Cyber Criminals Ramp Up Use of Exploit Kits in Fake Skype, Evernote Themed Attacks
Posted by Ran Mosessco on 19 February 2014 09:15 AM
Data from Websense® ThreatSeeker® Intelligence Cloud indicates that over the last few weeks, cyber criminals leveraging the "Angler" and "Goon" Exploit Kits to deliver malware via email borne attacks, have ramped-up their efforts.
These recent campaigns were themed around fake Skype voicemail notifications (Feb 19, 2014), and fake Evernote image notifications (Feb 7, 17-18, 2014).
The emails try to lure the victim to click a link that will redirect through an intermediate site into pages that host the Angler Exploit Kit (later switched to "Goon" Exploit kit). The kits will exploit Java, Flash or Silverlight vulnerabilities and try to load an encrypted executable, to help evade detection.
Although the attacks are large scale (Websense Cloud Email Security have detected and blocked a few hundreds of thousands of these messages per campaign burst), our telemetry shows a heavier focus on UK targets in the lure stage.
These campaigns might be attributed to the "ru:8080" a.k.a "/news/" gang which have been prominent users of BlackHole Exploit Kit, then Magnitude Exploit Kit, as described in our previous blog.
The related campaigns we have observed so far start with these lures:
Fake Skype messages
with subjects such as:
You received a new message from Skype voicemail service
Fake Evernote Messages
With subjects such as:
"Image has been sent"
"Image has been sent <firstname.lastname@example.org>"
They carry URLs such as:
The next stage is where the switch from Angler Exploit Kit to Goon Exploit Kit can be seen
Redirected to the Angler Exploit Kit page, with the typical .ru:8080 hosts:
Contains obfuscated code that checks for browser and plug-in versions, serves a corresponding exploit, then loads an executable encrypted using 64 bit Xor key encryption.
On the other hand, an attack leading to Goon Exploit Kit shows a different code in the redirect stage:
The same URL as before:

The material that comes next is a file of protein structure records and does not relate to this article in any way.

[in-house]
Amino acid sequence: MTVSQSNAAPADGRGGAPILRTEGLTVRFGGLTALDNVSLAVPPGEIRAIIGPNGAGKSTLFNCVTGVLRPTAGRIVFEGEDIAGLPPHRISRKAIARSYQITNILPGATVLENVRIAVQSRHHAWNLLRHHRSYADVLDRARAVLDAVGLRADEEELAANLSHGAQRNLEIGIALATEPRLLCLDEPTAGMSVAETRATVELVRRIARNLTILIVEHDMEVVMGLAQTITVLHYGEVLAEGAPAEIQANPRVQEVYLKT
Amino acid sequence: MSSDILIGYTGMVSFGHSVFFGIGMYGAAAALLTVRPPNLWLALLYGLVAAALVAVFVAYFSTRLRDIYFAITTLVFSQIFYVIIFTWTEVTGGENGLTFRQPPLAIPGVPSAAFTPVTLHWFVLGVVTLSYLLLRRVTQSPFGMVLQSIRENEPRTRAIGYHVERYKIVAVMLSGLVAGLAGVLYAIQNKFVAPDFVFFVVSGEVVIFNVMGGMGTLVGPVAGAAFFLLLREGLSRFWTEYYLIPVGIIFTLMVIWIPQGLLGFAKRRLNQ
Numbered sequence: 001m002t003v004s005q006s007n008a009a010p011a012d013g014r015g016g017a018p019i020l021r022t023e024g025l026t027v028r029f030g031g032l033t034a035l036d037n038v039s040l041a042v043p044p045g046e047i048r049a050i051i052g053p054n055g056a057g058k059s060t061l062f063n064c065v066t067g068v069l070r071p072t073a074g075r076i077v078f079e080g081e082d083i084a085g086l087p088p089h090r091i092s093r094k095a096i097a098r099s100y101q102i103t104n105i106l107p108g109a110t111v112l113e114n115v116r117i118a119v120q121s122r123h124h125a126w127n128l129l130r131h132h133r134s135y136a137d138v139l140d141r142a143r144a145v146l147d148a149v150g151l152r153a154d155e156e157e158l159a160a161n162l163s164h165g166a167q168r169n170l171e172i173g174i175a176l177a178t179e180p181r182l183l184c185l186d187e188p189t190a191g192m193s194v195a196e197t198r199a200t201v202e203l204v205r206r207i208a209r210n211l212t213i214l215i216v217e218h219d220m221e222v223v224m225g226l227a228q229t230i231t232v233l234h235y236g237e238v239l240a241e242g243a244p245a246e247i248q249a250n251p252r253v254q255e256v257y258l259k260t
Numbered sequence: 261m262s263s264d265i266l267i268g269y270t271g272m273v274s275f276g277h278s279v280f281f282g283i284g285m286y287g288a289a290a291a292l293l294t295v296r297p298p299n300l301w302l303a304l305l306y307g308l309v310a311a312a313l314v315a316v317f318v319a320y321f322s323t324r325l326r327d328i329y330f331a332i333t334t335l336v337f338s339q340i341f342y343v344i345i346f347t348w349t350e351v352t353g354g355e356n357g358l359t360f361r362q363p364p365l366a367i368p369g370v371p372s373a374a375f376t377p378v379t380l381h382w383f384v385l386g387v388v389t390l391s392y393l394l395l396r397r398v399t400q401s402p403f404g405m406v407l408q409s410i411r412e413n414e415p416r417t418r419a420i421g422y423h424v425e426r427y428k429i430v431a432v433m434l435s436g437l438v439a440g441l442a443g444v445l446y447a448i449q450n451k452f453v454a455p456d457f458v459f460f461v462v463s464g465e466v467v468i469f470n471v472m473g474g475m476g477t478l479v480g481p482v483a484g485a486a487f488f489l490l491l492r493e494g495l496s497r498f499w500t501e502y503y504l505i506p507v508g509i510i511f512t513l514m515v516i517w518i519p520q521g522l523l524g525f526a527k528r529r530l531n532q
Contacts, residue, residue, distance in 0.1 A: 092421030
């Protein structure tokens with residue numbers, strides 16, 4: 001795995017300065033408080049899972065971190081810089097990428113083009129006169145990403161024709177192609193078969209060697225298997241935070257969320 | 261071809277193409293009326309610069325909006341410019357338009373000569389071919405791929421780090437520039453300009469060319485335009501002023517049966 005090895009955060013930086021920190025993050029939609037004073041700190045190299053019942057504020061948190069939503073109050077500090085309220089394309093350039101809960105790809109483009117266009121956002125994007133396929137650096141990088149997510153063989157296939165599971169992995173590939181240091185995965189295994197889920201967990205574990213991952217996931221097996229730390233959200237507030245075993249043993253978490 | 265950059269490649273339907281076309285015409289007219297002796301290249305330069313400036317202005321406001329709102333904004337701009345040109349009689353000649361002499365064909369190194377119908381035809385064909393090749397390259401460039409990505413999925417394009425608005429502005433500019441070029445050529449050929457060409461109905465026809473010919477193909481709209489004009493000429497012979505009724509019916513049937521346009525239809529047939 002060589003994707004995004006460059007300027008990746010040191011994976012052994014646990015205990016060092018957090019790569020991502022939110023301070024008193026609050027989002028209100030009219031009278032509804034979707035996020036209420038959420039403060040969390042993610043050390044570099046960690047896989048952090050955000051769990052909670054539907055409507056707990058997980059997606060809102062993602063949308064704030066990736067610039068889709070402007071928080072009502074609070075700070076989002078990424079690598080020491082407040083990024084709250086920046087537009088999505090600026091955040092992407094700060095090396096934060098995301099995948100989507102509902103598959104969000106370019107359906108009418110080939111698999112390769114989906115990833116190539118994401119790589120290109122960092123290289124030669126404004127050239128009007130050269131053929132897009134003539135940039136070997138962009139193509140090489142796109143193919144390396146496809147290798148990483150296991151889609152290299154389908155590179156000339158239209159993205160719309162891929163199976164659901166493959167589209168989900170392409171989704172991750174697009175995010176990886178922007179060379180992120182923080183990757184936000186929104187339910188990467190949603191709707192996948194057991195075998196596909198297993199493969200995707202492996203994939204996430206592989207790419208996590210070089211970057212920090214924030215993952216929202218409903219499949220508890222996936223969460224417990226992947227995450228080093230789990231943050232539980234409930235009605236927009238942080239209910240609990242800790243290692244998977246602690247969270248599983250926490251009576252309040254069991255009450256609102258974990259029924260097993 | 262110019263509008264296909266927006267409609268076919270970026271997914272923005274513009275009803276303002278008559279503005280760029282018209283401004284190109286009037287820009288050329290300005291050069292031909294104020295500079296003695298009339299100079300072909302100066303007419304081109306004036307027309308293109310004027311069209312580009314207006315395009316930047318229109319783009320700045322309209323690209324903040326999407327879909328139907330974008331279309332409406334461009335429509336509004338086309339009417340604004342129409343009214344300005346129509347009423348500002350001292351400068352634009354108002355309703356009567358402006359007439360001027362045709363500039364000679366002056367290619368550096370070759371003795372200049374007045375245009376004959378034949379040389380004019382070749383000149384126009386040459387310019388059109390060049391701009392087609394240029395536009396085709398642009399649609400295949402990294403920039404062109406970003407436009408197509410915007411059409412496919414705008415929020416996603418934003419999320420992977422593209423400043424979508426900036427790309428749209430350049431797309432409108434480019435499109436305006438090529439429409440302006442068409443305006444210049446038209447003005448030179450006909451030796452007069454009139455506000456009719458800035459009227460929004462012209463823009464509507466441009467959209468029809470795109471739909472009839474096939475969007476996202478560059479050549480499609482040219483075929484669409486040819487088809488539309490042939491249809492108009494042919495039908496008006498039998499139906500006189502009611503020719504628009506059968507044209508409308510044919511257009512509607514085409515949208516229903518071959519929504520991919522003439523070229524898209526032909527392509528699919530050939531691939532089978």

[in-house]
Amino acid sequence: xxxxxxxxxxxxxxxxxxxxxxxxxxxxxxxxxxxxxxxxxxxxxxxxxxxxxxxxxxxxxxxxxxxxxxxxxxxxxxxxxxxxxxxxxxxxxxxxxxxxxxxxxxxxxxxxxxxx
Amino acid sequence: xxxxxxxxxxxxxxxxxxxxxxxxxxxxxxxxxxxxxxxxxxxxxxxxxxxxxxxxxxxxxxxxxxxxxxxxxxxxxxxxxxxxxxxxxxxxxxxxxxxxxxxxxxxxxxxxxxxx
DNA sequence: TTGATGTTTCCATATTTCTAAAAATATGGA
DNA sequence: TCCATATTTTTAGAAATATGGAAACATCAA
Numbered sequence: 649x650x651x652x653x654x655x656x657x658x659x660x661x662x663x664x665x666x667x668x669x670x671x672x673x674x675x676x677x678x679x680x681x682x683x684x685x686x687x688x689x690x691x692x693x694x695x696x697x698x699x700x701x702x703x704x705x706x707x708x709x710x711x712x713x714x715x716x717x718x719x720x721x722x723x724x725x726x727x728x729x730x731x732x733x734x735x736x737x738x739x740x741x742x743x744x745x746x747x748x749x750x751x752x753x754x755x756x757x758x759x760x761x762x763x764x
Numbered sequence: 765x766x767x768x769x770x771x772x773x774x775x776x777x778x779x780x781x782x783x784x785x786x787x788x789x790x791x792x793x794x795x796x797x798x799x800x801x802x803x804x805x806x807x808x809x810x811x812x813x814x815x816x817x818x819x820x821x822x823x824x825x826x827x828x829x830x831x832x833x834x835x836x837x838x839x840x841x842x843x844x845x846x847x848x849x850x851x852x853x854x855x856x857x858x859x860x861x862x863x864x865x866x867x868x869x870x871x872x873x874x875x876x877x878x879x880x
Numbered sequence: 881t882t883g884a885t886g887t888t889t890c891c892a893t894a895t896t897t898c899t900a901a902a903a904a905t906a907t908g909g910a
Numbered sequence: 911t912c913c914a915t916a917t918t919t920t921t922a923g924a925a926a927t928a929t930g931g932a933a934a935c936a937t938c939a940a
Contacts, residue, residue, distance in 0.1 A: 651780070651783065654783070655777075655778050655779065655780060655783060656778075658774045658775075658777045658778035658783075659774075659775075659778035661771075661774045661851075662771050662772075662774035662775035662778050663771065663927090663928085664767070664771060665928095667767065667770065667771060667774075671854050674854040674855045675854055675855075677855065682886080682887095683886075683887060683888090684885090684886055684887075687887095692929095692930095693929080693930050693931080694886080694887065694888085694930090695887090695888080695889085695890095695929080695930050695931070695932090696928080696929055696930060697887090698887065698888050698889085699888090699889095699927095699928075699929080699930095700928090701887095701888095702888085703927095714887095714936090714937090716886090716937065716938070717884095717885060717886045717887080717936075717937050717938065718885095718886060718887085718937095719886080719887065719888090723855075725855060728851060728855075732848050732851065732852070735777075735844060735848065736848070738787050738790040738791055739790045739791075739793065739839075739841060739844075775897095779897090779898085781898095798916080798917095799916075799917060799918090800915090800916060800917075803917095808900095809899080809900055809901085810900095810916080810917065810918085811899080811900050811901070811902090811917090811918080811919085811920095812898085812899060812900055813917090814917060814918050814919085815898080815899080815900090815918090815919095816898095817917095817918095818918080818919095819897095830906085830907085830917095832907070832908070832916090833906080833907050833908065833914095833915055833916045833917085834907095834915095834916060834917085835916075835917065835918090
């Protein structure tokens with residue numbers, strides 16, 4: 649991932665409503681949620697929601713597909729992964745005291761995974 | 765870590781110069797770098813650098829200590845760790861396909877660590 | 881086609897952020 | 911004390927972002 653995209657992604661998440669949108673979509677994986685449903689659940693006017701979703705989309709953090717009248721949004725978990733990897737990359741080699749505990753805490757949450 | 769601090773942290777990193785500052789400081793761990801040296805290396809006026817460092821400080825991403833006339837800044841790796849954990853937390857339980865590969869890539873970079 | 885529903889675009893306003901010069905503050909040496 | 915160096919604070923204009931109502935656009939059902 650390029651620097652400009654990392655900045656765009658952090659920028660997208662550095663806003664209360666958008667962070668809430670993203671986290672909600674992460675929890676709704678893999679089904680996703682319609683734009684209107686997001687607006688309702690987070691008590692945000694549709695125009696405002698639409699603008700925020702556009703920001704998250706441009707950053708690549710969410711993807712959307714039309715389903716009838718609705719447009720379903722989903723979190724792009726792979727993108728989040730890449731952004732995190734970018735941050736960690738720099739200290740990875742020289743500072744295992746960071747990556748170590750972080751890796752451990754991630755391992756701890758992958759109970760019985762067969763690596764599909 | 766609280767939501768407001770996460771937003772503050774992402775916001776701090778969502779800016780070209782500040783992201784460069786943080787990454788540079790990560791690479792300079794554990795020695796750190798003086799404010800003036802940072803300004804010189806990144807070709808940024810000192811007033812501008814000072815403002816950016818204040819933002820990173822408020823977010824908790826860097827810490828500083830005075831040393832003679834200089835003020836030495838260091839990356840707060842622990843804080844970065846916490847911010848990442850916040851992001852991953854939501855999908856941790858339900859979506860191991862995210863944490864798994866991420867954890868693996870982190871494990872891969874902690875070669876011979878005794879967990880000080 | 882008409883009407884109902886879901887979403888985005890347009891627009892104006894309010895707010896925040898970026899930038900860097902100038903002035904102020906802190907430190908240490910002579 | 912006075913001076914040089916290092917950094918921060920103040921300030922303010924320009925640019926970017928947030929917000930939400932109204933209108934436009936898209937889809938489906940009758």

Loads Java or SilverLight exploits
This ultimately downloads an encrypted executable disguised as an mp3, such as:
A Visual Basic script (named papa.vbs) is downloaded into the browser's temporary file directory. When executed, the VB script decrypts the "mp3" file to an executable:
The executable decrypted from the "mp3" file has the following details (the name and hash are likely different upon each attack)
Websense Threatscope behavioral analysis detects the executable as Malicious, see report here
Checking in Virus Total to provide context about AV coverage for this malware, we can see detection when first seen is 7/50, and it looks like a Zeus variant.
For analysis of a similar SilverLight exploit, see our previous blog post
We have seen evidence and reports of the "ru:8080" gang switching to Angler Exploit Kit as far back as December 2013, as independent researcher "Kafeine" mentioned in this post, but we have not noticed any large scale email attacks until recently (we have seen some web based attacks, in somewhat small scale). The "ru:8080" criminal gang typically pushes trojans such as Cridex, Zeus GameOver, Click-Fraud trojans like ZeroAccess, and we have seen instances in the past of Ransomware such as RansomLock and worms like Andromeda.
It looks like after a period of relatively little use of exploit kits, cyber criminals resume use of different exploit kits to deliver malware in email based attacks. However, the switch from one exploit kit to the other indicates several possibilities, one being that continuing to use a single Malware-as-a-Service for a long period is deemed too risky to maintain a profitable operation. Alternatively, the attackers are evaluating multiple exploit kits to determine which works the best, or multiple attackers may be leveraging the same bot-net and redirect structures.
Another somewhat interesting detail - according to Websense email telemetry, we see a relatively heavy bias from the attackers towards targets located in the UK, followed by US and Germany
Websense customers are protected with ACE™, our Advanced Classification Engine in these stages of the attacks:
What is more important is that the attackers need to change ALL their techniques to try to slip by Websense Triton protection, since it's enough to disrupt the attack in one stage to prevent infection.
Contributors: Ran Mosessco, Tamas Rudnai, Jose Barajas - Websense Security Labs
Read more »